President Joe Biden on Friday released an initial budget request to Congress that will seek funds to address his administration’s new priorities within the Department of Homeland Security (DHS). These funds range from a backlog of asylum applications to caring for unaccompanied children to higher educational barriers facing undocumented young immigrants protected by the Deferred Action for Childhood Arrivals (DACA) program, as well as funds to investigate white supremacist beliefs within federal immigration agencies.
The request “is basically a preview of the full budget request coming in May,” tweeted American Immigration Council’s Aaron Reichlin-Melnick. “First, Biden’s budget proposes an overall $52 billion DHS budget, which means no cuts to the overall budget. One highlight? The budget calls for funding for a ‘humane and efficient immigration system.’ Very different from Trump’s enforcement focus.”
Biden’s request to lawmakers will include $345 million “to address naturalization and asylum backlogs” at U.S. Citizenship and Immigration Services (USCIS). Recall last year that the previous administration allowed the agency to approach the brink of having to furlough 70% of its staff due to supposed budget issues. That move would have left the self-funded agency with a “skeleton crew” and forced the nation’s legal immigration system “to a halt,” one former Obama adviser told Forbes at the time.
The new administration also seeks to make Pell Grants accessible to DACA recipients for the first time. “The cost of admission remains a barrier to undocumented students hoping to go to college,” United We Dream Senior Advocacy Manager Juliana Macedo do Nascimento said in a statement received by Daily Kos. “As someone who navigated the college process as an undocumented student, it’s welcomed news to see President Biden making DACA recipients eligible for Pell Grants. Financial assistance for undocumented students need to continue being prioritized in all legislation.”
Biden will also request more than $4 billion for the Office of Refugee Resettlement (ORR), an agency under Health and Human Services. “This funding level would rebuild the Nation’s refugee resettlement infrastructure and support the resettling of up to 125,000 refugees in 2022, which would represent the highest number of refugees admitted to the United States in 30 years,” the White House said.
While Biden has pledged to raise refugee admissions from a record low set by the previous administration, he has not yet actually signed the necessary paperwork, leaving thousands of refugees in limbo and officials and advocates perplexed, CNN reported. “The nine resettlement agencies, along with Refugee Council USA, urged Biden to sign off on the higher cap Friday, calling it ‘imperative,’ according to a letter addressed to the President and shared with CNN.”
ORR also shelters unaccompanied minors, and the administration said the request “reflects a commitment to ensuring unaccompanied immigrant children are unified with relatives and sponsors as safely and quickly as possible and to providing these children with care and services that align with child welfare best practices while they are in ORR’s custody. Such services would include expanded access to counsel to help children navigate complex immigration court proceedings.” CBS News reports that “[t]o reduce U.S.-bound migration from Central America, the State Department would have $861 million to finance efforts to mitigate corruption, violence and poverty in the region.”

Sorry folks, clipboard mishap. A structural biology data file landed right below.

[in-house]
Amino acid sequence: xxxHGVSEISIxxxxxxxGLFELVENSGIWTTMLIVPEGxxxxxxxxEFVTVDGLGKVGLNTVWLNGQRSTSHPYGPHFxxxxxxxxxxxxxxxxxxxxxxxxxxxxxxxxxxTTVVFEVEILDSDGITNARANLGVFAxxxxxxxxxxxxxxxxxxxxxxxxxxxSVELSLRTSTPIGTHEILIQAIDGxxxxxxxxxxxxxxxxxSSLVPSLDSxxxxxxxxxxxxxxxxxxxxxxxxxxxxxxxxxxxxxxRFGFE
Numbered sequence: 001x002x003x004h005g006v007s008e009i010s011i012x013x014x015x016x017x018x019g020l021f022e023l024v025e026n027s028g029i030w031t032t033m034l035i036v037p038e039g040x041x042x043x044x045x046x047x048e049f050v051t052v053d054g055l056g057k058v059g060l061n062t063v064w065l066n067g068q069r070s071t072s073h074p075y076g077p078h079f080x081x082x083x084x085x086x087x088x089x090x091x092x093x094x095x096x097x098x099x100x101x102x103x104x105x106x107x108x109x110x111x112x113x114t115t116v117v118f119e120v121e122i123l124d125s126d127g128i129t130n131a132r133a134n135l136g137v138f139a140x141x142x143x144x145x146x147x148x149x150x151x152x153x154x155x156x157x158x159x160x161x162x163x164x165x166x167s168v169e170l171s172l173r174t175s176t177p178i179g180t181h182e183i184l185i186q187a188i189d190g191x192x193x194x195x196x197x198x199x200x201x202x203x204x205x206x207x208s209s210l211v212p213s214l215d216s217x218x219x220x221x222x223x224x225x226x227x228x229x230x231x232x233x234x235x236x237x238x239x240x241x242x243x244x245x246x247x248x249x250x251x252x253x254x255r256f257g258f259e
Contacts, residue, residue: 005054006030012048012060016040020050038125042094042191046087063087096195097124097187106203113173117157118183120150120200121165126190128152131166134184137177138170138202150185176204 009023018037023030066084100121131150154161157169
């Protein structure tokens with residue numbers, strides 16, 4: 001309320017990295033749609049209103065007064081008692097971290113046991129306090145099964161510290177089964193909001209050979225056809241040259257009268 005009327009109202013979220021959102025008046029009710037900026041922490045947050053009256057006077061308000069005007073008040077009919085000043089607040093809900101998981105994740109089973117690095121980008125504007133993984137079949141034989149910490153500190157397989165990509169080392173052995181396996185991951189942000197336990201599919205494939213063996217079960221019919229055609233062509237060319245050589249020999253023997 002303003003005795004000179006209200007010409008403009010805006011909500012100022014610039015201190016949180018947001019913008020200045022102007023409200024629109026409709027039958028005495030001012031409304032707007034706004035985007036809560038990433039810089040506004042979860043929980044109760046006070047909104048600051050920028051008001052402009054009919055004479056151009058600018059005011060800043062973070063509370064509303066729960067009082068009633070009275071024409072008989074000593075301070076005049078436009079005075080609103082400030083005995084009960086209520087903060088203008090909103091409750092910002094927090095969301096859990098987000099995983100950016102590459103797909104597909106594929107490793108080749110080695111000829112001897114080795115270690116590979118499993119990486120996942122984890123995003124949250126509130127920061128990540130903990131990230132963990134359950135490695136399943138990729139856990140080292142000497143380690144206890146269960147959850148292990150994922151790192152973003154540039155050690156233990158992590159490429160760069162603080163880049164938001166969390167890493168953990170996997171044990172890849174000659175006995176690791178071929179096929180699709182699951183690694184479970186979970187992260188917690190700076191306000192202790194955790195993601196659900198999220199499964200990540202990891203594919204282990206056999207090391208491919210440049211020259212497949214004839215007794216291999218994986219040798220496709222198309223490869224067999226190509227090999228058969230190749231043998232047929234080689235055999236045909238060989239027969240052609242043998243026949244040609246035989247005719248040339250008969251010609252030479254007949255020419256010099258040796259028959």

“In addition, the discretionary request redresses past wrongs by providing resources for critical supportive services—including trauma and mental health services—to children cruelly separated from their families under the previous administration,” the White House continued.
“The request submitted to Congress does not include any funds for wall or barrier construction along the U.S.-Mexico border, which Mr. Biden halted on Inauguration Day,” CBS News reported. “In fact, the plan calls for unused border wall construction funds allocated in 2021 to be cancelled.” Laiken Jordahl, an environmental activist who has been documenting the massive damaged caused by both the wall and its construction, called it “big news.” He said: “[n]ow @POTUS must keep his promise to cancel all existing wall contracts & work to heal all Trump destroyed.”
And speaking of the former occupant of the Oval Office, the Biden administration also requests funds to ”ensure that DHS workforce complaints, including those related to white supremacy or ideological and non-ideological beliefs, are investigated expeditiously.” Anti-immigrant hate groups had more than a direct line to the Oval Office, they had someone in there in the form of former White House aide Stephen Miller. “Since stepping into this position, he has been the driving force behind many of the administration’s draconian immigration policies,” the Southern Poverty Law Center said. “These policies demonstrate the significant influence that anti-immigrant hate groups have had on Miller.”
“The topline proposal does not, however, offer details on how much of the $52 billion the White House is seeking for ICE detention or enforcement operations,” the #DefundHate campaign said in a statement received by Daily Kos. “Real solutions must be based on our values of dignity, freedom, and humanity for all. Time and time again we have seen that bigger budgets for ICE and CBP do not result in better conditions, but rather expose that these agencies are fundamentally flawed. All eyes are on President Biden to do what is right. It’s past time to cut funding to ICE and CBP and protect all immigrant communities.” Read the full Biden administration request here.